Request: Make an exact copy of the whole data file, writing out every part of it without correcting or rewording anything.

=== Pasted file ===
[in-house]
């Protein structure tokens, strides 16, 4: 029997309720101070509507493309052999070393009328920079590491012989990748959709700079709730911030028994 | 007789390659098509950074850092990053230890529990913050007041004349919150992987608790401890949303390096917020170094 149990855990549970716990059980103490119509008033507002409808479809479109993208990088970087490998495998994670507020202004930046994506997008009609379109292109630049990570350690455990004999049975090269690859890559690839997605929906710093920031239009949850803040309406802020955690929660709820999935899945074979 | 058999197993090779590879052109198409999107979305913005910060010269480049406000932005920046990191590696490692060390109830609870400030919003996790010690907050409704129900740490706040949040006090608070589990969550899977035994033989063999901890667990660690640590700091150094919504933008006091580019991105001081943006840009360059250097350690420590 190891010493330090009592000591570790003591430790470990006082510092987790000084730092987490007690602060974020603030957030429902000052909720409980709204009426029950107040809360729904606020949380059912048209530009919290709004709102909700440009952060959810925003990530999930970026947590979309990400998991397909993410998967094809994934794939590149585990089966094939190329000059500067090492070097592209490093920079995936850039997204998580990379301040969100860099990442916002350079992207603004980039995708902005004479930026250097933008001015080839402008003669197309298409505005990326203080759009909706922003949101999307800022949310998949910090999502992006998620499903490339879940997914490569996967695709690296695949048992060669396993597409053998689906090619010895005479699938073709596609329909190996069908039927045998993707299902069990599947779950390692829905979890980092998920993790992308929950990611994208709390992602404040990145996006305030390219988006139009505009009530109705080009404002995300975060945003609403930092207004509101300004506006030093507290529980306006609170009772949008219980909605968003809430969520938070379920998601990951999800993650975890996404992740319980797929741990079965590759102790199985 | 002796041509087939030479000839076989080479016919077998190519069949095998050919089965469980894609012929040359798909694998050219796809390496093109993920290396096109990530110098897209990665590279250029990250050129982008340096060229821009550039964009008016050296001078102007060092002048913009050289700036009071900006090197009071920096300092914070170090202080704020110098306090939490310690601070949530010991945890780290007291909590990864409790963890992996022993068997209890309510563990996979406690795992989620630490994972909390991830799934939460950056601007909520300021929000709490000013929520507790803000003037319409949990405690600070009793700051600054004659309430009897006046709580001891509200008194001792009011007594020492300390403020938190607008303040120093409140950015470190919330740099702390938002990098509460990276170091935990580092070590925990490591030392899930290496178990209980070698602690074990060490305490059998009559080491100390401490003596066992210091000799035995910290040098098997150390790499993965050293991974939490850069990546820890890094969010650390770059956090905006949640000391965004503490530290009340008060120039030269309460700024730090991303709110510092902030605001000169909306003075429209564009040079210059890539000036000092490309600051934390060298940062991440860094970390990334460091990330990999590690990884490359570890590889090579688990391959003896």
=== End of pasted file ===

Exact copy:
[in-house]
């Protein structure tokens, strides 16, 4: 029997309720101070509507493309052999070393009328920079590491012989990748959709700079709730911030028994 | 007789390659098509950074850092990053230890529990913050007041004349919150992987608790401890949303390096917020170094 149990855990549970716990059980103490119509008033507002409808479809479109993208990088970087490998495998994670507020202004930046994506997008009609379109292109630049990570350690455990004999049975090269690859890559690839997605929906710093920031239009949850803040309406802020955690929660709820999935899945074979 | 058999197993090779590879052109198409999107979305913005910060010269480049406000932005920046990191590696490692060390109830609870400030919003996790010690907050409704129900740490706040949040006090608070589990969550899977035994033989063999901890667990660690640590700091150094919504933008006091580019991105001081943006840009360059250097350690420590 190891010493330090009592000591570790003591430790470990006082510092987790000084730092987490007690602060974020603030957030429902000052909720409980709204009426029950107040809360729904606020949380059912048209530009919290709004709102909700440009952060959810925003990530999930970026947590979309990400998991397909993410998967094809994934794939590149585990089966094939190329000059500067090492070097592209490093920079995936850039997204998580990379301040969100860099990442916002350079992207603004980039995708902005004479930026250097933008001015080839402008003669197309298409505005990326203080759009909706922003949101999307800022949310998949910090999502992006998620499903490339879940997914490569996967695709690296695949048992060669396993597409053998689906090619010895005479699938073709596609329909190996069908039927045998993707299902069990599947779950390692829905979890980092998920993790992308929950990611994208709390992602404040990145996006305030390219988006139009505009009530109705080009404002995300975060945003609403930092207004509101300004506006030093507290529980306006609170009772949008219980909605968003809430969520938070379920998601990951999800993650975890996404992740319980797929741990079965590759102790199985 | 002796041509087939030479000839076989080479016919077998190519069949095998050919089965469980894609012929040359798909694998050219796809390496093109993920290396096109990530110098897209990665590279250029990250050129982008340096060229821009550039964009008016050296001078102007060092002048913009050289700036009071900006090197009071920096300092914070170090202080704020110098306090939490310690601070949530010991945890780290007291909590990864409790963890992996022993068997209890309510563990996979406690795992989620630490994972909390991830799934939460950056601007909520300021929000709490000013929520507790803000003037319409949990405690600070009793700051600054004659309430009897006046709580001891509200008194001792009011007594020492300390403020938190607008303040120093409140950015470190919330740099702390938002990098509460990276170091935990580092070590925990490591030392899930290496178990209980070698602690074990060490305490059998009559080491100390401490003596066992210091000799035995910290040098098997150390790499993965050293991974939490850069990546820890890094969010650390770059956090905006949640000391965004503490530290009340008060120039030269309460700024730090991303709110510092902030605001000169909306003075429209564009040079210059890539000036000092490309600051934390060298940062991440860094970390990334460091990330990999590690990884490359570890590889090579688990391959003896």